JD: Do you coordinate with the patient’s doctors, nurses, care navigators, physician assistants — or is there a natural division of labor between the support Highmark offers as an insurer and the support a patient is getting from their care providers?
MAL: There is a natural division. With some aspects of care, like chemotherapy treatment, there is likely to already be a good provider support network to help a patient. But we’ll work directly with physicians and staff, and if there’s a particular issue they want our health plan member to focus on, we can assist. Or, if somebody is in rehabilitation or a care facility, we can help ensure that their home needs are being looked at. We also coordinate family education, so that family members know what to take care of when the patient goes home. Sometimes, the physician’s office may call us to say that a member needs financial resources, and we’ll try to find community resources for them.
JD: Once you’ve made initial contact with a patient, what ongoing support do you offer?
MAL: Our first calls are centered on figuring out what the issues are and where knowledge gaps might be. We focus on what the member needs and how often the member wants to be called. We also focus on what it is the member wants to know.
As a nurse, I might feel they need one thing, but the member’s true interest might be somewhere else. For example, if the member wants to focus on lifestyle questions, like fitting in vacations and time with children while undergoing chemo, then we focus more on that than trying to understand the drugs. Unless it’s vital, we’re not going to force knowledge.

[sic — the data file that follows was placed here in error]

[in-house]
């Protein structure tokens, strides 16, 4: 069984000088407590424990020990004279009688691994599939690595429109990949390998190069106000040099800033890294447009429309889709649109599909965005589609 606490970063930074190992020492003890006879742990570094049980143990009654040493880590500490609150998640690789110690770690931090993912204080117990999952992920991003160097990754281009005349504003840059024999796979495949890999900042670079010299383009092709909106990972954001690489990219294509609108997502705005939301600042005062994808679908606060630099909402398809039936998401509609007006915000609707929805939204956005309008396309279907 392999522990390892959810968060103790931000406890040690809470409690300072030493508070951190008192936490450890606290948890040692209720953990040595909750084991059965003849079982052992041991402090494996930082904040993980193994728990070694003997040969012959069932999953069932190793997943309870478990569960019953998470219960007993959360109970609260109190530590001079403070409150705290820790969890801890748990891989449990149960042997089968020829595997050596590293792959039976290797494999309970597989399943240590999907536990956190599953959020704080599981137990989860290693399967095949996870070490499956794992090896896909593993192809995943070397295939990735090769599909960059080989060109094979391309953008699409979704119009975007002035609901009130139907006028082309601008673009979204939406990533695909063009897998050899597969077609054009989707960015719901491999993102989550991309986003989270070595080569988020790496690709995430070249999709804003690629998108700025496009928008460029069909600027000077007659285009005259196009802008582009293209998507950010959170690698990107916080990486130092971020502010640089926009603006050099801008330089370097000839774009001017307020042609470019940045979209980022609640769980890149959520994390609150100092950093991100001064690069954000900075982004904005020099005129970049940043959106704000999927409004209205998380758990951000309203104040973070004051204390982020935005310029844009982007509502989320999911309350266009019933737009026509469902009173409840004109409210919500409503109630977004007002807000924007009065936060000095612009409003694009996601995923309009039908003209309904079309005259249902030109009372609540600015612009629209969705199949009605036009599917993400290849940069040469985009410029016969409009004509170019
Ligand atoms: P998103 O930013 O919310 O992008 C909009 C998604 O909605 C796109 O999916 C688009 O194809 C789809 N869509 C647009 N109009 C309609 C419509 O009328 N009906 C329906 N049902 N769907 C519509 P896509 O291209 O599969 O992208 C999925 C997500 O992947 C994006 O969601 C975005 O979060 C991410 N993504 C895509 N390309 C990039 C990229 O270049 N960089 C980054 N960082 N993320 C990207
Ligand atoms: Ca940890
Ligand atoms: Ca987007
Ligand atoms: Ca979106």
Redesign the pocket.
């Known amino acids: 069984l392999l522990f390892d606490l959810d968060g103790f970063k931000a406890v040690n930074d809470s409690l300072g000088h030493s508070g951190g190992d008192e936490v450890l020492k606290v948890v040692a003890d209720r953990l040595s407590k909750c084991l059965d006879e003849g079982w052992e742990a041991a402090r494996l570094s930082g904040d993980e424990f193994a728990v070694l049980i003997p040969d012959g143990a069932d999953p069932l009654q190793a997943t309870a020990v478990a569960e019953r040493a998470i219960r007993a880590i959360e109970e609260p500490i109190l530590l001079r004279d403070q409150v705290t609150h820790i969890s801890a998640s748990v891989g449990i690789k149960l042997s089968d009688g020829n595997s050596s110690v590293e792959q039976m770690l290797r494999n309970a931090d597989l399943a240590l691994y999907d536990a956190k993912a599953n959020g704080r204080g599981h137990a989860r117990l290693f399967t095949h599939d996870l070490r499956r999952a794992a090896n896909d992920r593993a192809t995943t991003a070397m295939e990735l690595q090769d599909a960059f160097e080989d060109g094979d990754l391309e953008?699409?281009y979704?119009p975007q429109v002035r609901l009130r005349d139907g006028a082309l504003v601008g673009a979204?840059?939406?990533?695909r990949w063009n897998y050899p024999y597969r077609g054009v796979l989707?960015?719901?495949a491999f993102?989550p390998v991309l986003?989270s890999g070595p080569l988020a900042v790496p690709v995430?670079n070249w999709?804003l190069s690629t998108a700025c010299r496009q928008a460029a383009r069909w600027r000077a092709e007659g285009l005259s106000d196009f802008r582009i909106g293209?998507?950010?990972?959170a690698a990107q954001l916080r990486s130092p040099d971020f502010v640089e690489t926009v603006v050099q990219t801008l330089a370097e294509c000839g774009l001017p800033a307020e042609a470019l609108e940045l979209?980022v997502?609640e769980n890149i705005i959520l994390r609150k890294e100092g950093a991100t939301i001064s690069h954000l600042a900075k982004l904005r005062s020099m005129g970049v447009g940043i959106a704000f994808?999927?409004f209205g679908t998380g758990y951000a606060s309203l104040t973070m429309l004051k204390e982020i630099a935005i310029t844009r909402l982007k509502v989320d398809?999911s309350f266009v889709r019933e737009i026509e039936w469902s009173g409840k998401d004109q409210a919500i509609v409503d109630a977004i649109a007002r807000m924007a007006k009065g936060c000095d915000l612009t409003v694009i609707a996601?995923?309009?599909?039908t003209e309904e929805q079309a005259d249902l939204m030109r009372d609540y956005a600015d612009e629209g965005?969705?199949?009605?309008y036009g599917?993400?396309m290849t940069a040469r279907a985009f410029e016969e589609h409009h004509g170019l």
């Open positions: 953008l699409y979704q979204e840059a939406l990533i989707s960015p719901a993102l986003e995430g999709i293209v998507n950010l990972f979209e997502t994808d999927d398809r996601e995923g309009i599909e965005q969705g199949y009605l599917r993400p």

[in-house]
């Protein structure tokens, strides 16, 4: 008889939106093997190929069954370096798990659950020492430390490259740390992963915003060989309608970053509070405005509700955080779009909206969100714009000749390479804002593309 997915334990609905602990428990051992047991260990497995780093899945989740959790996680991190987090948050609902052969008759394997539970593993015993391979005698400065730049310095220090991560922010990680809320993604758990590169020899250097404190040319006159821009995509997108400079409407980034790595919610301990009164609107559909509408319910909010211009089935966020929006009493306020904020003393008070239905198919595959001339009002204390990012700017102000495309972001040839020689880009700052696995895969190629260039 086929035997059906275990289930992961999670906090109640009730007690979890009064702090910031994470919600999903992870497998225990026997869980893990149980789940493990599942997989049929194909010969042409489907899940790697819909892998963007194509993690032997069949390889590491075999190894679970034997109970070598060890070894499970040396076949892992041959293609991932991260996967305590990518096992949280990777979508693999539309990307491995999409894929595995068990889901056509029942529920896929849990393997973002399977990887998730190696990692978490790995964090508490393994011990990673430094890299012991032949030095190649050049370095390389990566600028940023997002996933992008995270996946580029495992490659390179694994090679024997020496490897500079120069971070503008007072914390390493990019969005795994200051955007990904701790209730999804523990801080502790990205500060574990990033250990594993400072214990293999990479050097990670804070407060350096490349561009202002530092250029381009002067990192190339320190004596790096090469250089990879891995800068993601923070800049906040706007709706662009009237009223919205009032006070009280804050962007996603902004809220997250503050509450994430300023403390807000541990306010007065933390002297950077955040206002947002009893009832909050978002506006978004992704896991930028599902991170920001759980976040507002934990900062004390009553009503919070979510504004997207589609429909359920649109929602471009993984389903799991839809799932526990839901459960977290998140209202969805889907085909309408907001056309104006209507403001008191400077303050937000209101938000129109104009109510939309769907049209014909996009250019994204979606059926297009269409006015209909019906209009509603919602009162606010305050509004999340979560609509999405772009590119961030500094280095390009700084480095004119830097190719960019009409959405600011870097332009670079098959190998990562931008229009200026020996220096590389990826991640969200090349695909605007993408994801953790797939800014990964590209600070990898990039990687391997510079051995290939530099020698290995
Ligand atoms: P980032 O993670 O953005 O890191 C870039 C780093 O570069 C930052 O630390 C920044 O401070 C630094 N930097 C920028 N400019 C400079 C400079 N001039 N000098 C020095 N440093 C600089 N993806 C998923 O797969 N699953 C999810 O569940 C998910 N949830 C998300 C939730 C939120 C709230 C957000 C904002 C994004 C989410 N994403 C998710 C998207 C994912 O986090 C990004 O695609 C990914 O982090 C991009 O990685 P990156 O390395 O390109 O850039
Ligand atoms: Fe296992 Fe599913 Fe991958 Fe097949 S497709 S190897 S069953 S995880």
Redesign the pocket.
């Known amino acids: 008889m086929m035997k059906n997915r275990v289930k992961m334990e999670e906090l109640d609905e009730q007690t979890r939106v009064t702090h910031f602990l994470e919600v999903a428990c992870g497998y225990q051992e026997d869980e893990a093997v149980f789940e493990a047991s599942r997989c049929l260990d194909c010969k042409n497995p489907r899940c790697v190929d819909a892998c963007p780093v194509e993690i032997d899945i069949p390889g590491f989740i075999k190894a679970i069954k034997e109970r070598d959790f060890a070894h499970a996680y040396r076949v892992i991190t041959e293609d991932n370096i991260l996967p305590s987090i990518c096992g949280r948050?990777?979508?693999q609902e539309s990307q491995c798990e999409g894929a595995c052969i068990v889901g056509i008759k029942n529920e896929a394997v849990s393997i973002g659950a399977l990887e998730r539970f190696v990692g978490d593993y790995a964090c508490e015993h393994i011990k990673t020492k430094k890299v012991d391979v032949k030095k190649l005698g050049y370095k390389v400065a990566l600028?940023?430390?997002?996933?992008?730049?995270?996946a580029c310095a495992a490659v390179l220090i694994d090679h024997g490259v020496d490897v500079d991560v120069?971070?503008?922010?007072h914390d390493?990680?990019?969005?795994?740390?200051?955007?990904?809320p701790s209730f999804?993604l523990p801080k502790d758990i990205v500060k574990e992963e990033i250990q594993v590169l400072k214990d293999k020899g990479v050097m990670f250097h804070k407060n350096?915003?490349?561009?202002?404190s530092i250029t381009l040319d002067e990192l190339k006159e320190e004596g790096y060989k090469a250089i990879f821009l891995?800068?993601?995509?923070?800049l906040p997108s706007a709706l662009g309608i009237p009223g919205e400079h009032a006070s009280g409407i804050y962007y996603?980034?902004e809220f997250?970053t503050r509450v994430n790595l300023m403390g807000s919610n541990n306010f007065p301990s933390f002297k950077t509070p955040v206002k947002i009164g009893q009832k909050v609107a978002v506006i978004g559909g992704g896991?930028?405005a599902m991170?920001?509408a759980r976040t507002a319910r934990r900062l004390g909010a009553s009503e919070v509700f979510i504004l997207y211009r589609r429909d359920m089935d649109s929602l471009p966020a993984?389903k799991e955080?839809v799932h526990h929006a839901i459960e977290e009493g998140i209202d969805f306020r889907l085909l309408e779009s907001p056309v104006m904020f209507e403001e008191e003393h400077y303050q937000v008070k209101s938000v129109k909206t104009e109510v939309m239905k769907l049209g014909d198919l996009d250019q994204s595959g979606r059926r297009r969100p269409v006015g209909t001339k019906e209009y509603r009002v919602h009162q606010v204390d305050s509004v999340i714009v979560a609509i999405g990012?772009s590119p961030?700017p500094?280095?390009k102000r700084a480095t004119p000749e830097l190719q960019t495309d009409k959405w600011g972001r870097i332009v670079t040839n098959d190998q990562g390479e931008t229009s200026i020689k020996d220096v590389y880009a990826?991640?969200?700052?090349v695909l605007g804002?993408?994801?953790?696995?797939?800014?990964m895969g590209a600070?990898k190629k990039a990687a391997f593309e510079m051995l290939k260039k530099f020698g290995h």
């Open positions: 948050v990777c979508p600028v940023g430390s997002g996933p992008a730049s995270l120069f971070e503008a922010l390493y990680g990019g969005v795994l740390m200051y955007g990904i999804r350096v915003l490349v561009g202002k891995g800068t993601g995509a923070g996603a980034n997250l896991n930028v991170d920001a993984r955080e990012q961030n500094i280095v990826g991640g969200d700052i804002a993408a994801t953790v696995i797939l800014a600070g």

A lot of what we talk about is health information and support. For example, we’ll follow up after a doctor’s appointment to make sure the member understands their test results, or we’ll check in after they have a difficult discussion with their family to offer emotional support.
If a patient is told by their oncologist that they should follow a special diet, I’ll find resources and websites to help them adopt that diet. I have resources for people in chemo who want a wig but might not be able to afford one. We’ve found national cleaning services that offer free cleaning to women undergoing cancer treatment so they don’t have to deal with the stress of household cleaning. Often there are helpful services out there, but people don’t know about them, so we can help them make those connections.
JD: It sounds like you’re covering a broad spectrum of needs!
MAL: We do! Just to step outside the education box, another example is that I had a member who was in a rehabilitation center and was supposed to have certain equipment when she returned home. She thought the home care agency would set it up, but then they told her that the rehab facility would do it. It didn’t feel right, so I made a couple calls to emphasize that this person was at risk and had concerns. She got her equipment the next day. It was the communication that was missing. I didn’t order anything, I didn’t authorize anything, I just facilitated the communication to make sure it got done.
Because of the type of members I help, another kind of support comes when a member has determined that they’re ready to end treatment. They know it’s not working, they have the information they need from their doctor, but their family isn’t ready. Especially when people have always been caretakers, they’ll be more worried about the family than themselves. But we try to help them put themselves first for a change — if at no other time, this is the time to do that.